You can use containers to create distributed applications by breaking apart your application into independent tasks or processes (e.g., microservices). For example, you can have separate containers for your webserver, application server, message queue, and backend workers. Containers are ideal for running single tasks or processes, so you can use containers as the base unit for a task when scaling up and scaling down. Each component of your application can be made from different container images. Docker containers provide process isolation allowing you to run and scale different components side by side regardless of the programming language or libraries running in each container.

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You can use containers for batch and ETL jobs by packaging the job into a container and deploying it into a shared cluster. You can run different versions of the same job or multiple jobs on the same cluster or even the same instance since containers are isolated. You can also share the cluster capacity with other processes such as applications and take advantage of fluctuations in the cluster load. You can start jobs quickly and grow jobs dynamically in response to demand, improving resource utilization.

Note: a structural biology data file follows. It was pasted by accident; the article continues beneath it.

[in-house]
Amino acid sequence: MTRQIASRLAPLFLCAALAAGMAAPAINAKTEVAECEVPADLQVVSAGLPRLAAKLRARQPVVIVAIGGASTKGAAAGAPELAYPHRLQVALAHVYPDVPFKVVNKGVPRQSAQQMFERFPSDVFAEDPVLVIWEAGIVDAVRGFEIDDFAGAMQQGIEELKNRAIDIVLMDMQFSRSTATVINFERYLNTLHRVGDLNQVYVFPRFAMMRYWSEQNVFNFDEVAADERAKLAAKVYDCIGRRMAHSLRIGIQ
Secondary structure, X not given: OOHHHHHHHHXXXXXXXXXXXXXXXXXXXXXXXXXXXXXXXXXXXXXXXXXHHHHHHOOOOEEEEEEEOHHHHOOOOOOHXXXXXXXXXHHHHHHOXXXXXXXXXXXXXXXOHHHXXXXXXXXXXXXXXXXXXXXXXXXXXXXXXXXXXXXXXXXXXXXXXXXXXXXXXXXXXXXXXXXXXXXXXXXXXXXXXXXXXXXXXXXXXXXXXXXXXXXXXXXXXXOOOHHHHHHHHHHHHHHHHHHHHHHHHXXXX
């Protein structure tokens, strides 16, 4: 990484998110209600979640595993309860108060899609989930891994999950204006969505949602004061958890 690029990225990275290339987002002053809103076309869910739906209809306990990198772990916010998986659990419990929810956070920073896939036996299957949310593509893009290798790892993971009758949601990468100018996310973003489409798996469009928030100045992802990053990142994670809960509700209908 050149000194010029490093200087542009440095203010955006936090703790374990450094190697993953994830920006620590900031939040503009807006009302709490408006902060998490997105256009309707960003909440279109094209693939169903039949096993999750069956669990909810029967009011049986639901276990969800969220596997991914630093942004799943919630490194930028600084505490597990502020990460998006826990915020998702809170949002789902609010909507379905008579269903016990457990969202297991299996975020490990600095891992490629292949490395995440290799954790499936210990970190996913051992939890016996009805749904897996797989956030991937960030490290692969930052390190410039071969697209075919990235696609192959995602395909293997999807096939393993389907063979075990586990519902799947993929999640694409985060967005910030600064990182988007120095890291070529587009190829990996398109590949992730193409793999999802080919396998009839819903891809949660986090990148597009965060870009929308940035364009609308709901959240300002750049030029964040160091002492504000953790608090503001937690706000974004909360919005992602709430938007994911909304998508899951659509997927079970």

You can use containers for continuous integration and deployment because Docker provides a system for image versioning. You can setup your build process to pull your code from a repository, build it, package it into a Docker image, and push the newly created image into an image repository. You can then have your deployment process pull the new image from your repository, test the application, and deploy to your production servers. You can avoid having an application that works on your development environment but fails in production because the Docker daemon is the same across your development, staging, and production machines.

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